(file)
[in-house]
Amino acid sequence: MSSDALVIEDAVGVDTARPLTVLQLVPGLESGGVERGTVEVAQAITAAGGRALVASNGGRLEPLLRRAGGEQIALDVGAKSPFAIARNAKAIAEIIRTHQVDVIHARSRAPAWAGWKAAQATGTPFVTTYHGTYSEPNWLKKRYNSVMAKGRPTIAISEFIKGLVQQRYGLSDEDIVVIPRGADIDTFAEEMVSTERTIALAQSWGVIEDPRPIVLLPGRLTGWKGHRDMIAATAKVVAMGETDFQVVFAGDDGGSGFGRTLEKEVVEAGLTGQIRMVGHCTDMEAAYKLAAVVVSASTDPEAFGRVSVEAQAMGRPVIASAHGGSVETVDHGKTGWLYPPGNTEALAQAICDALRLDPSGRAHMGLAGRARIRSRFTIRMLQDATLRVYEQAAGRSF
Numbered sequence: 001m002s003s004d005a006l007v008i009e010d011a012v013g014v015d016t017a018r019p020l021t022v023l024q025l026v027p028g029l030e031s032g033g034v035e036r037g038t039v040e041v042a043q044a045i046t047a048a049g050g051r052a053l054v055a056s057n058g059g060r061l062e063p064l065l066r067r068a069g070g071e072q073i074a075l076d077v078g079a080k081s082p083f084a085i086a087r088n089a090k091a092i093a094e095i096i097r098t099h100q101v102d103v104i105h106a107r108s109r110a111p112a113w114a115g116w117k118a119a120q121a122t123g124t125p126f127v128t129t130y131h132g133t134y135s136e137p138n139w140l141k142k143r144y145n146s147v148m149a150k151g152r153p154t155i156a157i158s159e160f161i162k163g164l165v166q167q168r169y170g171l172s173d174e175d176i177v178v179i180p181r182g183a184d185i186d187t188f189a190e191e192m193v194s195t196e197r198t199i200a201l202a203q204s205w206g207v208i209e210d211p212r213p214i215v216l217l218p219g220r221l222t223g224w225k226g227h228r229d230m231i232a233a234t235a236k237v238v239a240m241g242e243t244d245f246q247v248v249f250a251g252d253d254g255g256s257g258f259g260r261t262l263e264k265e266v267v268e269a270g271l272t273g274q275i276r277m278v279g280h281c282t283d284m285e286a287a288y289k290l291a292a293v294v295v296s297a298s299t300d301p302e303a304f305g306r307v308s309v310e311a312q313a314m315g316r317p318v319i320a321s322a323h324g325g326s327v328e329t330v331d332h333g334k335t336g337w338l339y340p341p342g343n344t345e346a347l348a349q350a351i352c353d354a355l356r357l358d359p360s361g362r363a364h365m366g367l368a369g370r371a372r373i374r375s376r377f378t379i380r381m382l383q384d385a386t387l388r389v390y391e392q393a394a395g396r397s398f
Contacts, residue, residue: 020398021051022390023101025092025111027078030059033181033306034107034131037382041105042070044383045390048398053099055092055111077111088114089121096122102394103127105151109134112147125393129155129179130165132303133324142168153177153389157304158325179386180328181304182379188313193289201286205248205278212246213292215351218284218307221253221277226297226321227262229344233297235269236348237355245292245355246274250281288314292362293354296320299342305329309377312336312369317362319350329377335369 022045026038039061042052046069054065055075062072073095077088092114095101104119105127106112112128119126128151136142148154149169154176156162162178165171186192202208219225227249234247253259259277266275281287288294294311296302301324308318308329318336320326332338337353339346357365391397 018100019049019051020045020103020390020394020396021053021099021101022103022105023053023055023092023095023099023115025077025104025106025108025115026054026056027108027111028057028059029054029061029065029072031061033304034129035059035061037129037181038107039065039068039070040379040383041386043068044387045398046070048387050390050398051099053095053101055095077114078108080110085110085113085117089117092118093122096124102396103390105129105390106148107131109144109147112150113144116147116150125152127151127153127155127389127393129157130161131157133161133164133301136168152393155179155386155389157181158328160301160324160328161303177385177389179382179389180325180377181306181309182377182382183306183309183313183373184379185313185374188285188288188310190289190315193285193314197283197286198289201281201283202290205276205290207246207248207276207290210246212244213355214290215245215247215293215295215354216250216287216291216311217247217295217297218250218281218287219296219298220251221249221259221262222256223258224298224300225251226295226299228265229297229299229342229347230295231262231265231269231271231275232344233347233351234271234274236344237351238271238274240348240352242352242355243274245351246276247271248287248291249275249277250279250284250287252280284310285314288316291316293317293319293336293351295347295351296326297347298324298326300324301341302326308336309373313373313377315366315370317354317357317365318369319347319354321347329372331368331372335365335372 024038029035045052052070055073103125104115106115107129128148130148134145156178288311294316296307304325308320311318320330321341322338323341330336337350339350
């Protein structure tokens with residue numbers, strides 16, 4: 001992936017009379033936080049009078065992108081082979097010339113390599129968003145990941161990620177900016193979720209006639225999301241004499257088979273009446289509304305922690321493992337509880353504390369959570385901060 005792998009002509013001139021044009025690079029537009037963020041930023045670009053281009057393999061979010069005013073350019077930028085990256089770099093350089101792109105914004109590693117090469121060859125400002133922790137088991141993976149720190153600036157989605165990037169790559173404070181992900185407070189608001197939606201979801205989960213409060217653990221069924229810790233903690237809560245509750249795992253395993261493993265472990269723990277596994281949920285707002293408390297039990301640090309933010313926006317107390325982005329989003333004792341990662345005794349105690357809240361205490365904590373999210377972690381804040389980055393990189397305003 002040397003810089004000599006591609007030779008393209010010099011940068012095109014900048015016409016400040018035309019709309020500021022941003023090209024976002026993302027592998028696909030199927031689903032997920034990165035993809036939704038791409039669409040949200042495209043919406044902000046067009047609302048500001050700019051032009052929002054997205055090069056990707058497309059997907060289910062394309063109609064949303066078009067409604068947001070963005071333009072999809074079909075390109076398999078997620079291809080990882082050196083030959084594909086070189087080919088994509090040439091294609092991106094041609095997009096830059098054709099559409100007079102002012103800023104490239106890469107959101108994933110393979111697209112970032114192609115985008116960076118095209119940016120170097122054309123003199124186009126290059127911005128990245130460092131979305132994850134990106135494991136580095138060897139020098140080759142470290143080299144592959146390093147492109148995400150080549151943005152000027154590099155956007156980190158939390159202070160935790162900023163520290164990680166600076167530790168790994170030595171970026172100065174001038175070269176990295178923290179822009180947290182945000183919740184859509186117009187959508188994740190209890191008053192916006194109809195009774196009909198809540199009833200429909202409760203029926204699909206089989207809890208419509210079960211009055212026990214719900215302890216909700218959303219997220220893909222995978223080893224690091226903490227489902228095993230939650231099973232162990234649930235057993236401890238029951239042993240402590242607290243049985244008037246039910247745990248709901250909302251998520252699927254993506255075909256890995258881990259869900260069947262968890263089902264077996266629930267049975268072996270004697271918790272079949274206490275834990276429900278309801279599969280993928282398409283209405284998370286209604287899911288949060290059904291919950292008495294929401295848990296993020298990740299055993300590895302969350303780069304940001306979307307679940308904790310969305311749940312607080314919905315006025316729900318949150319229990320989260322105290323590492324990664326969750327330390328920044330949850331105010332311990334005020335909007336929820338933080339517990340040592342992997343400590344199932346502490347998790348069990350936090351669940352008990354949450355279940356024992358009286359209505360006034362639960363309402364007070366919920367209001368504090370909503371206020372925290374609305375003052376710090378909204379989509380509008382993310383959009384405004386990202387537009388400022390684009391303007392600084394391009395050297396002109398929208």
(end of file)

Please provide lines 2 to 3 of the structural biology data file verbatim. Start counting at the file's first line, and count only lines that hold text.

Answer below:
Amino acid sequence: MSSDALVIEDAVGVDTARPLTVLQLVPGLESGGVERGTVEVAQAITAAGGRALVASNGGRLEPLLRRAGGEQIALDVGAKSPFAIARNAKAIAEIIRTHQVDVIHARSRAPAWAGWKAAQATGTPFVTTYHGTYSEPNWLKKRYNSVMAKGRPTIAISEFIKGLVQQRYGLSDEDIVVIPRGADIDTFAEEMVSTERTIALAQSWGVIEDPRPIVLLPGRLTGWKGHRDMIAATAKVVAMGETDFQVVFAGDDGGSGFGRTLEKEVVEAGLTGQIRMVGHCTDMEAAYKLAAVVVSASTDPEAFGRVSVEAQAMGRPVIASAHGGSVETVDHGKTGWLYPPGNTEALAQAICDALRLDPSGRAHMGLAGRARIRSRFTIRMLQDATLRVYEQAAGRSF
Numbered sequence: 001m002s003s004d005a006l007v008i009e010d011a012v013g014v015d016t017a018r019p020l021t022v023l024q025l026v027p028g029l030e031s032g033g034v035e036r037g038t039v040e041v042a043q044a045i046t047a048a049g050g051r052a053l054v055a056s057n058g059g060r061l062e063p064l065l066r067r068a069g070g071e072q073i074a075l076d077v078g079a080k081s082p083f084a085i086a087r088n089a090k091a092i093a094e095i096i097r098t099h100q101v102d103v104i105h106a107r108s109r110a111p112a113w114a115g116w117k118a119a120q121a122t123g124t125p126f127v128t129t130y131h132g133t134y135s136e137p138n139w140l141k142k143r144y145n146s147v148m149a150k151g152r153p154t155i156a157i158s159e160f161i162k163g164l165v166q167q168r169y170g171l172s173d174e175d176i177v178v179i180p181r182g183a184d185i186d187t188f189a190e191e192m193v194s195t196e197r198t199i200a201l202a203q204s205w206g207v208i209e210d211p212r213p214i215v216l217l218p219g220r221l222t223g224w225k226g227h228r229d230m231i232a233a234t235a236k237v238v239a240m241g242e243t244d245f246q247v248v249f250a251g252d253d254g255g256s257g258f259g260r261t262l263e264k265e266v267v268e269a270g271l272t273g274q275i276r277m278v279g280h281c282t283d284m285e286a287a288y289k290l291a292a293v294v295v296s297a298s299t300d301p302e303a304f305g306r307v308s309v310e311a312q313a314m315g316r317p318v319i320a321s322a323h324g325g326s327v328e329t330v331d332h333g334k335t336g337w338l339y340p341p342g343n344t345e346a347l348a349q350a351i352c353d354a355l356r357l358d359p360s361g362r363a364h365m366g367l368a369g370r371a372r373i374r375s376r377f378t379i380r381m382l383q384d385a386t387l388r389v390y391e392q393a394a395g396r397s398f